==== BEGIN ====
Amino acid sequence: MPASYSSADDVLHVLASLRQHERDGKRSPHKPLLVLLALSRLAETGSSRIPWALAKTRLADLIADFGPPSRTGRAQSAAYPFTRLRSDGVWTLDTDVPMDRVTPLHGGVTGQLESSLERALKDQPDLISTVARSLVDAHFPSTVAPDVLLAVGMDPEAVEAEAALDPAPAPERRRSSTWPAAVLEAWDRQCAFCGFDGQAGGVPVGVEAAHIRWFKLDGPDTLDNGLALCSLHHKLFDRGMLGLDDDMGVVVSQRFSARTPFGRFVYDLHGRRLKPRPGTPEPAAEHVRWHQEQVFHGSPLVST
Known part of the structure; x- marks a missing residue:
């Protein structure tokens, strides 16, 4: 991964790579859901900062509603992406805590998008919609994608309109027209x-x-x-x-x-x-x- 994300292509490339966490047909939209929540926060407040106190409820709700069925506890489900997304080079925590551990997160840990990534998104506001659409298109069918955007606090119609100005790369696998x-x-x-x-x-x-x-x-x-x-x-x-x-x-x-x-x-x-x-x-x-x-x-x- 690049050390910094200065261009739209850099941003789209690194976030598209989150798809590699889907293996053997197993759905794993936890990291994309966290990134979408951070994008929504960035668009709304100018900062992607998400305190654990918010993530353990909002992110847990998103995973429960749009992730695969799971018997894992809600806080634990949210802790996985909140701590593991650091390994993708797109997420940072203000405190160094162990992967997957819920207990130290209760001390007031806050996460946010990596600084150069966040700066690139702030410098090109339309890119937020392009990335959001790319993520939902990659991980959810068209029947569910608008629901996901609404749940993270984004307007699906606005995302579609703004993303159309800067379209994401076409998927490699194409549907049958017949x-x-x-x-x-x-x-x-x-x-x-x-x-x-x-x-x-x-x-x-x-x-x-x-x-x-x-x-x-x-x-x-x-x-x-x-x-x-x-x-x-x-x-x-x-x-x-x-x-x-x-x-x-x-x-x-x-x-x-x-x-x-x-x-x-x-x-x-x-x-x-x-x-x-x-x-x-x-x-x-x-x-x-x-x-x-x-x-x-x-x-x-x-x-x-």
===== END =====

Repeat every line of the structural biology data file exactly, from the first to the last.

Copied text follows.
Amino acid sequence: MPASYSSADDVLHVLASLRQHERDGKRSPHKPLLVLLALSRLAETGSSRIPWALAKTRLADLIADFGPPSRTGRAQSAAYPFTRLRSDGVWTLDTDVPMDRVTPLHGGVTGQLESSLERALKDQPDLISTVARSLVDAHFPSTVAPDVLLAVGMDPEAVEAEAALDPAPAPERRRSSTWPAAVLEAWDRQCAFCGFDGQAGGVPVGVEAAHIRWFKLDGPDTLDNGLALCSLHHKLFDRGMLGLDDDMGVVVSQRFSARTPFGRFVYDLHGRRLKPRPGTPEPAAEHVRWHQEQVFHGSPLVST
Known part of the structure; x- marks a missing residue:
């Protein structure tokens, strides 16, 4: 991964790579859901900062509603992406805590998008919609994608309109027209x-x-x-x-x-x-x- 994300292509490339966490047909939209929540926060407040106190409820709700069925506890489900997304080079925590551990997160840990990534998104506001659409298109069918955007606090119609100005790369696998x-x-x-x-x-x-x-x-x-x-x-x-x-x-x-x-x-x-x-x-x-x-x-x- 690049050390910094200065261009739209850099941003789209690194976030598209989150798809590699889907293996053997197993759905794993936890990291994309966290990134979408951070994008929504960035668009709304100018900062992607998400305190654990918010993530353990909002992110847990998103995973429960749009992730695969799971018997894992809600806080634990949210802790996985909140701590593991650091390994993708797109997420940072203000405190160094162990992967997957819920207990130290209760001390007031806050996460946010990596600084150069966040700066690139702030410098090109339309890119937020392009990335959001790319993520939902990659991980959810068209029947569910608008629901996901609404749940993270984004307007699906606005995302579609703004993303159309800067379209994401076409998927490699194409549907049958017949x-x-x-x-x-x-x-x-x-x-x-x-x-x-x-x-x-x-x-x-x-x-x-x-x-x-x-x-x-x-x-x-x-x-x-x-x-x-x-x-x-x-x-x-x-x-x-x-x-x-x-x-x-x-x-x-x-x-x-x-x-x-x-x-x-x-x-x-x-x-x-x-x-x-x-x-x-x-x-x-x-x-x-x-x-x-x-x-x-x-x-x-x-x-x-």